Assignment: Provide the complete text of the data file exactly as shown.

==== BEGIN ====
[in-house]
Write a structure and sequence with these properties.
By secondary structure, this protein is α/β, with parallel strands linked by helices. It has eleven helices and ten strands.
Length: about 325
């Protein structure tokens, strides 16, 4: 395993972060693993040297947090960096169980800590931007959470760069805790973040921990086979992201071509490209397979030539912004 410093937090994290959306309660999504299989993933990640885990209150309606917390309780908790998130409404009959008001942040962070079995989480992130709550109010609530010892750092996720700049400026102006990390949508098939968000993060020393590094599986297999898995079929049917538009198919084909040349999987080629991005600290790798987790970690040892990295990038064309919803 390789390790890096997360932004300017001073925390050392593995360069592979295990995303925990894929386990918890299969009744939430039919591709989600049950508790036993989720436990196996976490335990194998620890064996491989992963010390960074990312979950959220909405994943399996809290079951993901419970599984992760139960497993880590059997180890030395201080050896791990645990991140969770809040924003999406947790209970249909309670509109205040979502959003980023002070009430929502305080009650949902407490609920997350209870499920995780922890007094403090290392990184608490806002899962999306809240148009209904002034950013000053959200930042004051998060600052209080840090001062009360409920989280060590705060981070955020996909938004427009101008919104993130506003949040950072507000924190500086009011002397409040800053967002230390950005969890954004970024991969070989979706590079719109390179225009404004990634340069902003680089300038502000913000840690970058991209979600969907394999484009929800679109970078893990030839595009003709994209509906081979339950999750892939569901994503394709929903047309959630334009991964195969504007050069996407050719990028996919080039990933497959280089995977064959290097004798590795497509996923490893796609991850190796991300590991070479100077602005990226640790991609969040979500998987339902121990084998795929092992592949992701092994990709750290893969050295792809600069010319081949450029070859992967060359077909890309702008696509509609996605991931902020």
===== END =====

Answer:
[in-house]
Write a structure and sequence with these properties.
By secondary structure, this protein is α/β, with parallel strands linked by helices. It has eleven helices and ten strands.
Length: about 325
């Protein structure tokens, strides 16, 4: 395993972060693993040297947090960096169980800590931007959470760069805790973040921990086979992201071509490209397979030539912004 410093937090994290959306309660999504299989993933990640885990209150309606917390309780908790998130409404009959008001942040962070079995989480992130709550109010609530010892750092996720700049400026102006990390949508098939968000993060020393590094599986297999898995079929049917538009198919084909040349999987080629991005600290790798987790970690040892990295990038064309919803 390789390790890096997360932004300017001073925390050392593995360069592979295990995303925990894929386990918890299969009744939430039919591709989600049950508790036993989720436990196996976490335990194998620890064996491989992963010390960074990312979950959220909405994943399996809290079951993901419970599984992760139960497993880590059997180890030395201080050896791990645990991140969770809040924003999406947790209970249909309670509109205040979502959003980023002070009430929502305080009650949902407490609920997350209870499920995780922890007094403090290392990184608490806002899962999306809240148009209904002034950013000053959200930042004051998060600052209080840090001062009360409920989280060590705060981070955020996909938004427009101008919104993130506003949040950072507000924190500086009011002397409040800053967002230390950005969890954004970024991969070989979706590079719109390179225009404004990634340069902003680089300038502000913000840690970058991209979600969907394999484009929800679109970078893990030839595009003709994209509906081979339950999750892939569901994503394709929903047309959630334009991964195969504007050069996407050719990028996919080039990933497959280089995977064959290097004798590795497509996923490893796609991850190796991300590991070479100077602005990226640790991609969040979500998987339902121990084998795929092992592949992701092994990709750290893969050295792809600069010319081949450029070859992967060359077909890309702008696509509609996605991931902020």